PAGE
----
After that, the logistics of shooting were extremely challenging. We shot over two seasons in the very remote northern towns of Fort St. James and Fort St. John, BC, where we had, for the most part, no running water or cell phone reception in the dead of winter. So, as you can imagine, the winter shoot was incredibly taxing. The spring shoot was practically a vacation.

W&H: How did you get your film funded? Share some insights into how you got the film made.

Kh: The very first funder to come on the film, and the one that really championed the film throughout, was the Women in the Director’s Chair (Widc) award, which is an in-kind award sponsorship worth about $120,000 (Cad). We also were lucky enough to be able to find funding through our arts council to produce a short film of the same name, which went on to premiere at Tiff and play in the Canada’s Top Ten circuit, so that garnered us some momentum.

After that we brought the project to our government funding body Telefilm, and an equity investment fund, The Harold Greenberg Fund, and once we had Shirley Henderson on board, managed to secure our Canadian and UK distributor, Thunderbird Releasing (formally Soda Pictures). So we went a very traditional Canadian route with this film.

W&H: What does it mean for you to have your film play at the Toronto International Film Festival?

Kh: It’s huge for us to have the film premiere at Tiff. As a festival, Tiff is so incredibly supportive of its talent and really does a tremendous job of helping us to build a presence, particularly in the Canadian film community, which is vital to getting the next film made and the one after that.

It’s such a terrifying experience to make a film, put it out into the world, and not know how people are going to react to it, but having the support of Tiff is an incredible relief because you know people are going to be there — they’re going to watch it and give you the benefit of the doubt — which is a relief since the biggest fear is having the film disappear into the ether with no one to watch it.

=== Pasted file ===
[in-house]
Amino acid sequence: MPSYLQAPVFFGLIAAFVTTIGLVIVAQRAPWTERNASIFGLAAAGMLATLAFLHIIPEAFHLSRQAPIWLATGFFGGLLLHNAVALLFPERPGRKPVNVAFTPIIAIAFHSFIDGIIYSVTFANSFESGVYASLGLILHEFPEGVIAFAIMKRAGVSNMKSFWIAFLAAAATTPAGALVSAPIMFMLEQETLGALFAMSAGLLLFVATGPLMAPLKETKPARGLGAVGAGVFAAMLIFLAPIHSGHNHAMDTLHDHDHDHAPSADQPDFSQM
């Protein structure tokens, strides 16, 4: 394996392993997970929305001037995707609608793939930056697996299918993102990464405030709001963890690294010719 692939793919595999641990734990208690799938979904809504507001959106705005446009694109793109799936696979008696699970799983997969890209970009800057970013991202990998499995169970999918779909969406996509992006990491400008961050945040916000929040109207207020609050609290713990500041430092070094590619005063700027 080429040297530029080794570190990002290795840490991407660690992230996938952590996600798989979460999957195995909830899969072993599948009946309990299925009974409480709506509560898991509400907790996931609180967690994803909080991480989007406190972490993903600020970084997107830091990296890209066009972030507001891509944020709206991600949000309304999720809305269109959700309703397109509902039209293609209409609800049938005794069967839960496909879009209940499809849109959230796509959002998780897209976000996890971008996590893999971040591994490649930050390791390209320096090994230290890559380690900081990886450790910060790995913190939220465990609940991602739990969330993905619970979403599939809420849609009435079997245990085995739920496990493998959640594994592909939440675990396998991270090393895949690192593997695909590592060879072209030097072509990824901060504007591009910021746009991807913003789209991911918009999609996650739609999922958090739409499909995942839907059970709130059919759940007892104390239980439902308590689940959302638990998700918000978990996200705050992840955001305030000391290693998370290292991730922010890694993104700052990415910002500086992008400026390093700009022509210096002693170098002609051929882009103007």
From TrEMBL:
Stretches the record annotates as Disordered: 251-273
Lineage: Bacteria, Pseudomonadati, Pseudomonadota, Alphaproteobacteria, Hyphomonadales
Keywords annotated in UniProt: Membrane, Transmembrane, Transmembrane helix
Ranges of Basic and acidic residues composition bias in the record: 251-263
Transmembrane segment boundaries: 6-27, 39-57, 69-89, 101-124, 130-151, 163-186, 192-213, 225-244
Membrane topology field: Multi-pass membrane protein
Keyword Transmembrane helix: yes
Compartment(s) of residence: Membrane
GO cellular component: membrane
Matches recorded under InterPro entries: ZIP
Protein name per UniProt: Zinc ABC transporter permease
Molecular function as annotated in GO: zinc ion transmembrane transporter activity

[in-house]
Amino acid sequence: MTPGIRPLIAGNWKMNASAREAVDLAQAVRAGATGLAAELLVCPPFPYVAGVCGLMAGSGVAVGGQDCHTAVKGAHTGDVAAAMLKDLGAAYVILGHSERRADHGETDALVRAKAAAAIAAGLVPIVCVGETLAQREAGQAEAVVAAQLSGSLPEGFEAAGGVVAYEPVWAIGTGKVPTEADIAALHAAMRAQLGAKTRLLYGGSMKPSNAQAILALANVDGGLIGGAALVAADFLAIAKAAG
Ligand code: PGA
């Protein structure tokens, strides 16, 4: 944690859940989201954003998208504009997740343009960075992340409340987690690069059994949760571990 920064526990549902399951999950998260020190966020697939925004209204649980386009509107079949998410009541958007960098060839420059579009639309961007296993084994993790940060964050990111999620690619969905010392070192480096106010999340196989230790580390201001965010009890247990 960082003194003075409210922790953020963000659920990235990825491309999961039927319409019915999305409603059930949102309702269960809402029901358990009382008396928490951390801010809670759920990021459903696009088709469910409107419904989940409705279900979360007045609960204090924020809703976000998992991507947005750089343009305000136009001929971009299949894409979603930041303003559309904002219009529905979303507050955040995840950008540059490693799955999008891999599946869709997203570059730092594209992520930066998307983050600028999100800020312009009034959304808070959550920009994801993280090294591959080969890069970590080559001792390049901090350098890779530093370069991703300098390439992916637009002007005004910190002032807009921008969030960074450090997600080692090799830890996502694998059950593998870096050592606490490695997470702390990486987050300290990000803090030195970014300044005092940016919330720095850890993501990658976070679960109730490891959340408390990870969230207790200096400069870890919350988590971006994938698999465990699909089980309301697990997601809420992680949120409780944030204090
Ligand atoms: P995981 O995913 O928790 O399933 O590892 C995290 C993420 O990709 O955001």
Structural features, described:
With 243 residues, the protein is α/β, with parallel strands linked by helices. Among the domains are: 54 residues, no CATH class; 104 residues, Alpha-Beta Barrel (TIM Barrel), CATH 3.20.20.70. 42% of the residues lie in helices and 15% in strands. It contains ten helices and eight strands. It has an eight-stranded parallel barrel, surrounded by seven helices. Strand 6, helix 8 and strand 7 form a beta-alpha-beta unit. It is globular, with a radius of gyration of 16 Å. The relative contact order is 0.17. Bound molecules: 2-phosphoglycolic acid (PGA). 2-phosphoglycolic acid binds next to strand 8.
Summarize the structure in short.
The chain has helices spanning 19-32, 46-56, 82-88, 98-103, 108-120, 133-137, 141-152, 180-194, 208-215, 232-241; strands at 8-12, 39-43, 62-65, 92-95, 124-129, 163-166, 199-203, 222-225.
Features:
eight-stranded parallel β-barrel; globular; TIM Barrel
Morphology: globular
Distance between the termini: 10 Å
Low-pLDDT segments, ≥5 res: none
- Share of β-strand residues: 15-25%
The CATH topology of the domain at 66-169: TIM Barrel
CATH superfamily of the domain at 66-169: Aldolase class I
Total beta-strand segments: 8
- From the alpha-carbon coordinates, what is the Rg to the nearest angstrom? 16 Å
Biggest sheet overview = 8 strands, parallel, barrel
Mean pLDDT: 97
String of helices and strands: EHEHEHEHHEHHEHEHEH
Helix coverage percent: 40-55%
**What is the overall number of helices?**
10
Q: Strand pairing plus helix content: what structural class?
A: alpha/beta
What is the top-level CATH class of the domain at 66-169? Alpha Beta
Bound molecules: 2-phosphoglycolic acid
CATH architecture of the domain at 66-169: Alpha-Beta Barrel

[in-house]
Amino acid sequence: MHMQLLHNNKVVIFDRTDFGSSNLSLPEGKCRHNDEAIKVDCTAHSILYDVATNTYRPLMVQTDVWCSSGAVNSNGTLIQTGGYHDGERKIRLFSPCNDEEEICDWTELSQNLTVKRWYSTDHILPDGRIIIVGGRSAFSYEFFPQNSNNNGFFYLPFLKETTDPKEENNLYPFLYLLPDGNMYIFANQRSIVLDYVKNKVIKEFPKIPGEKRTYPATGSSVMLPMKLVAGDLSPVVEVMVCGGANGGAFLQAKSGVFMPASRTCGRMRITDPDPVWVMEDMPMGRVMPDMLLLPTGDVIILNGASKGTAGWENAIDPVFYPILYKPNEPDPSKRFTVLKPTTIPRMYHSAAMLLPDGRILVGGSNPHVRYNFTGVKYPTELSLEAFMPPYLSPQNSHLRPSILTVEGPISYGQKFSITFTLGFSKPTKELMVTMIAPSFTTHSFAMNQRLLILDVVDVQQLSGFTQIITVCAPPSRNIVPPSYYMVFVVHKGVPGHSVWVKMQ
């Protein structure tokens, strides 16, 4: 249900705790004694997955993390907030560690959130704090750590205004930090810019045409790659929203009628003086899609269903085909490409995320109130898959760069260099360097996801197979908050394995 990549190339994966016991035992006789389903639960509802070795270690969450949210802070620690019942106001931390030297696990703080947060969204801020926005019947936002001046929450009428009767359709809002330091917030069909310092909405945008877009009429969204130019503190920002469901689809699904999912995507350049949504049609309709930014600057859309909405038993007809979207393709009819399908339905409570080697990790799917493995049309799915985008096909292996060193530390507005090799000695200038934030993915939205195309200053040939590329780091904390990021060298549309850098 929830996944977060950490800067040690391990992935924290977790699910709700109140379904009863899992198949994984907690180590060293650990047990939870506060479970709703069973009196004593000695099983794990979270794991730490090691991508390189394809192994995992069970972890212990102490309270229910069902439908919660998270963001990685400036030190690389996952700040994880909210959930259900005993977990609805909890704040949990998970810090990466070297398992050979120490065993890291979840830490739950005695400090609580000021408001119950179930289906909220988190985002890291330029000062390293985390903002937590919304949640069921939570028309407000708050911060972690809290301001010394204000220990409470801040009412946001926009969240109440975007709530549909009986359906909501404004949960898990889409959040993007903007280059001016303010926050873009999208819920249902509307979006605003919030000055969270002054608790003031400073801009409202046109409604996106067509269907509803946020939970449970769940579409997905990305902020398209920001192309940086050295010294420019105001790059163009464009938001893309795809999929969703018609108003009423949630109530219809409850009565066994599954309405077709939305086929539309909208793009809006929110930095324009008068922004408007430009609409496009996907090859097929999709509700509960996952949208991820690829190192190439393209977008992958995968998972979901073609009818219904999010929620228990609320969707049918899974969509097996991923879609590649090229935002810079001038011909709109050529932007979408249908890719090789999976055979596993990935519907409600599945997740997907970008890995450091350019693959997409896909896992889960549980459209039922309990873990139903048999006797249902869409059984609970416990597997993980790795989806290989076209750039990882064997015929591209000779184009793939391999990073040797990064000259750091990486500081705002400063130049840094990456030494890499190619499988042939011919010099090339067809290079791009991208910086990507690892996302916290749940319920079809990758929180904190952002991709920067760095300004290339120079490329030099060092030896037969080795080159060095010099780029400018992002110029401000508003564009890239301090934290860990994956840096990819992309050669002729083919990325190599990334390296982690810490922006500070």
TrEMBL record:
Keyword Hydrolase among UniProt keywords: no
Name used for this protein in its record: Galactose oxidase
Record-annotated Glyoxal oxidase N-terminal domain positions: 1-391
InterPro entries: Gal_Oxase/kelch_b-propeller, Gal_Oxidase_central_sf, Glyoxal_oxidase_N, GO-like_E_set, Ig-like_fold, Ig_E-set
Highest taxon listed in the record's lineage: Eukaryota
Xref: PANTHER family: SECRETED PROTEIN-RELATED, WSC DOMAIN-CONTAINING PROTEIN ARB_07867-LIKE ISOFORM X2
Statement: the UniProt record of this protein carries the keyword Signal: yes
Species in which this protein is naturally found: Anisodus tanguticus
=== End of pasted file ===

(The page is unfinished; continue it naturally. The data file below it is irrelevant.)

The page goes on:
W&H: What’s the best and worst advice you’ve received?

Kh: When Shirley Henderson said yes to starring in this film, I was stunned. She’s worked with many of my biggest heroes: Mike Leigh, Ken Loach, Kelly Reichardt, and here I’ve done nothing and I’m asking her to fly 17 hours out to the middle of nowhere to work for a paltry wage.

I never expected her to actually go for it, so when she got there and we sat down for the first time I asked her, “Why on earth did you say yes?” And she said to me, in her charming Scottish accent, “Well, I quite liked the script and I liked you, and I thought the worst that could happen is that it’s rubbish.” And that just took about a hundred pounds of pressure off of me, because what she was saying was, I’ve done this a million times before and I’m here now to work with you, and we’ll try our best and see what happens.

You can’t be afraid to take risks, because if you aren’t striving for something beyond your comfort zone, then what’s the point, but you also have to relax and realize the process is the reward, and then you have to be Ok if you fail. That’s probably the hardest reality to face — that failure is not the end of the world.

W&H: What advice do you have for other female directors?

Kh: Take yourself seriously, but not too seriously. But take your work very seriously and commit to it, because if you don’t, no one else is going to. Treat it like a job that you love because if it’s not, why are you torturing yourself?

And don’t compromise your creative intent. I don’t mean be delusional about what you can achieve with the resources you have, but I think as women, compromise is ingrained in us, we feel we need to be peacemakers, but when it comes to your film, you know in your gut what’s right for it and you need to stand by that.

W&H: Name your favorite woman-directed film and why.

Kh: At the moment, “Toni Erdmann” by Maren Ade is my absolute favorite recent film directed by a woman. She has an incredible ability to observe and create the most honest and intimate forms of human behavior. Her writing in this film is unstoppable — it’s phenomenal.

Every scene hits you with these little gifts of surprise one after another. I think that’s what’s most exciting about it, the surprise and the joy coupled with heartbreaking sadness. She’s an absolute master.

W&H: There have been significant conversations over the last couple of years about increasing the amount of opportunities for women directors yet the numbers have not increased. Are you optimistic about the possibilities for change? Share any thoughts you might have on this topic.